The case against he owner of the crane that collapsed in 2008 is winding down, the Associated Press reported, as the final prosecutor summations were delivered today. Prosecuters accuse owner James Lomma of being a cold-hearted businessman who greedily commissioned a spotty, cost-saving repair of a crucial component of the crane and hid it from inspectors. [more]

  • Azure crane collapse

    In testimony today in the manslaughter trial of James Lomma, owner of the crane that collapsed in May 2008 during construction of the Azure, deceased construction worker Donald Leo Jr.’s father took the stand, the New York Daily News reported.

    Leo held back tears as he recounted his trip uptown to see his son after he was told about the accident, at 333 East 91st Street, at First Avenue, which killed two people. [more]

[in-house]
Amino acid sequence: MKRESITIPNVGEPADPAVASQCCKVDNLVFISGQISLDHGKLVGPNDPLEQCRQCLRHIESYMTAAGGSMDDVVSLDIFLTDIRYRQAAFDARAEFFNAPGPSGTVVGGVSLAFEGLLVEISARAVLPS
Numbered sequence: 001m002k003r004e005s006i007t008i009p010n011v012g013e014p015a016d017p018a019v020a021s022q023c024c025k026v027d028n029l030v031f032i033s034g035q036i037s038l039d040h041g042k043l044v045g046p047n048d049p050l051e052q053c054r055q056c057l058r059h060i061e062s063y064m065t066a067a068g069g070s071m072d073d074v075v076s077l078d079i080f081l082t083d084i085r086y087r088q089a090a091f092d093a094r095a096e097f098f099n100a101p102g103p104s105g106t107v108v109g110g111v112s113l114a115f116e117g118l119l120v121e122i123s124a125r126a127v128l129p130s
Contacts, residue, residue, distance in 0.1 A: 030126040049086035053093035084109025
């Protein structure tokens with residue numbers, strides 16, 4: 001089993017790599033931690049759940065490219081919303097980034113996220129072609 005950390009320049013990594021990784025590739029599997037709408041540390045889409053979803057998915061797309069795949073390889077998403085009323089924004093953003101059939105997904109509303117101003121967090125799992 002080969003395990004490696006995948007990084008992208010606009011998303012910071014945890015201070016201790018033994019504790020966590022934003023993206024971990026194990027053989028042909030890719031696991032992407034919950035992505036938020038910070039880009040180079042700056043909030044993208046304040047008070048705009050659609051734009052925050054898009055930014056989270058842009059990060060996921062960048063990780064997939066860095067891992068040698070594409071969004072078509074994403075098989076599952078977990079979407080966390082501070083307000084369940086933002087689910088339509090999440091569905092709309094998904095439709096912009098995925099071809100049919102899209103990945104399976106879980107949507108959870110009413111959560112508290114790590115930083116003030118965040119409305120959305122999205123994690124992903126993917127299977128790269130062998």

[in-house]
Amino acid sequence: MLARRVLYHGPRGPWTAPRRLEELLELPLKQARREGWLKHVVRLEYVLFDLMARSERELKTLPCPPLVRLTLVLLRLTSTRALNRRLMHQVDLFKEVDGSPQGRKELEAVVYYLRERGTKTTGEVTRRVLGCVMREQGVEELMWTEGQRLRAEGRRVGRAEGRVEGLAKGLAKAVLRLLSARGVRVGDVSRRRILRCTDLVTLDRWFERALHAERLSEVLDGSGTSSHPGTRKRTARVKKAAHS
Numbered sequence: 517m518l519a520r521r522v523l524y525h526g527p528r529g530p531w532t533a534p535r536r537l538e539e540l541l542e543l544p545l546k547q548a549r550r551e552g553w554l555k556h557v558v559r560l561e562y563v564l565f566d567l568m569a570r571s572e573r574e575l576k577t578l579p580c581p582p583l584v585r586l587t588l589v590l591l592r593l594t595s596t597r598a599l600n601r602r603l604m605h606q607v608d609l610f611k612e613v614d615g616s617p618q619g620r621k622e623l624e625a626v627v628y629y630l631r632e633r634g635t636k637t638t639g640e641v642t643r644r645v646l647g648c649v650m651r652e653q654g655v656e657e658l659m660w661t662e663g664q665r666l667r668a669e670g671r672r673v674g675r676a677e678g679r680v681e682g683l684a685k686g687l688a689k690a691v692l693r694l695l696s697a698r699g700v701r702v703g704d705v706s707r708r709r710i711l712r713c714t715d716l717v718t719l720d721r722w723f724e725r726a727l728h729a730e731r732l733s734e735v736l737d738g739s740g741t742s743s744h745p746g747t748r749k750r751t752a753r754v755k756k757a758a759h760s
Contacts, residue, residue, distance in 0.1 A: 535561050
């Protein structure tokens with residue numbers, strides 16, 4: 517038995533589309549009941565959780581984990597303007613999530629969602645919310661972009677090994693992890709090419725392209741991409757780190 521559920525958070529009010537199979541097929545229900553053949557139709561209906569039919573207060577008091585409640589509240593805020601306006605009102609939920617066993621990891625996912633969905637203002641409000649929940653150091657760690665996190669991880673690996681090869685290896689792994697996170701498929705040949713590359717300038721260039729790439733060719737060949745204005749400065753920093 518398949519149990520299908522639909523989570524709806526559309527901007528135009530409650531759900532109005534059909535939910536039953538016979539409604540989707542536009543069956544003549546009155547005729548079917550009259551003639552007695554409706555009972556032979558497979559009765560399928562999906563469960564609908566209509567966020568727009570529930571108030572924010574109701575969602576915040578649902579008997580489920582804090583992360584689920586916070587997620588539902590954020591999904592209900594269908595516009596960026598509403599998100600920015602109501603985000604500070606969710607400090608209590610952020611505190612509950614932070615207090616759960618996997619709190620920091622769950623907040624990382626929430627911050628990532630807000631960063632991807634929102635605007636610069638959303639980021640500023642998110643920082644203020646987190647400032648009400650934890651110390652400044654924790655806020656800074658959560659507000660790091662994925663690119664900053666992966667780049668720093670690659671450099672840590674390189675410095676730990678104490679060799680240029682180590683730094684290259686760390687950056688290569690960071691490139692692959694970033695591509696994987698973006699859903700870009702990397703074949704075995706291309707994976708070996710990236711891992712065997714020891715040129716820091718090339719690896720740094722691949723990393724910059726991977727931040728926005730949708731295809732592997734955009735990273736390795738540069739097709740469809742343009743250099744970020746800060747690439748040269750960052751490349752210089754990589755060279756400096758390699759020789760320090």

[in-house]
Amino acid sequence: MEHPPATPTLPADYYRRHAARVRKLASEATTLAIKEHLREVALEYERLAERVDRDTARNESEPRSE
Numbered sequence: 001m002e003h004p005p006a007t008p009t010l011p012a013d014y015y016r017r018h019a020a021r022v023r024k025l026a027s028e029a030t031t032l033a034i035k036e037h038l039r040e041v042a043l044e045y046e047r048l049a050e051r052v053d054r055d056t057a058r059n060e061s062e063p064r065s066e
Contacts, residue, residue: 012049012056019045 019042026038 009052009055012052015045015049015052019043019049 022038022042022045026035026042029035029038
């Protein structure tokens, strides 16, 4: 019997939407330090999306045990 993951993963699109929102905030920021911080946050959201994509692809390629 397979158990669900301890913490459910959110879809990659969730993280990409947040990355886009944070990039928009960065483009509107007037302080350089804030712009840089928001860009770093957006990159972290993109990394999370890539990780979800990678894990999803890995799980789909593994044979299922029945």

• New York Crane owner James Lomma (credit: Shayna Jacobs for DNAinfo)

    The owner of the crane that crashed at the Azure condo in 2008, killing two people, is a cold-hearted businessman more concerned with collecting $50,000 a month in equipment fees than protecting workers, prosecutors said today at the start of his trial.

    “They were killed because one man valued his profit over the safety of others,” said Eli Cherkasky, an assistant district attorney, in a packed room inside of Supreme Court in Lower Manhattan. [more]

  • Pre-trial proceedings in the 2008 Upper East Side crane collapse manslaughter case will be held in open court, the judge has decided, according to the New York Post.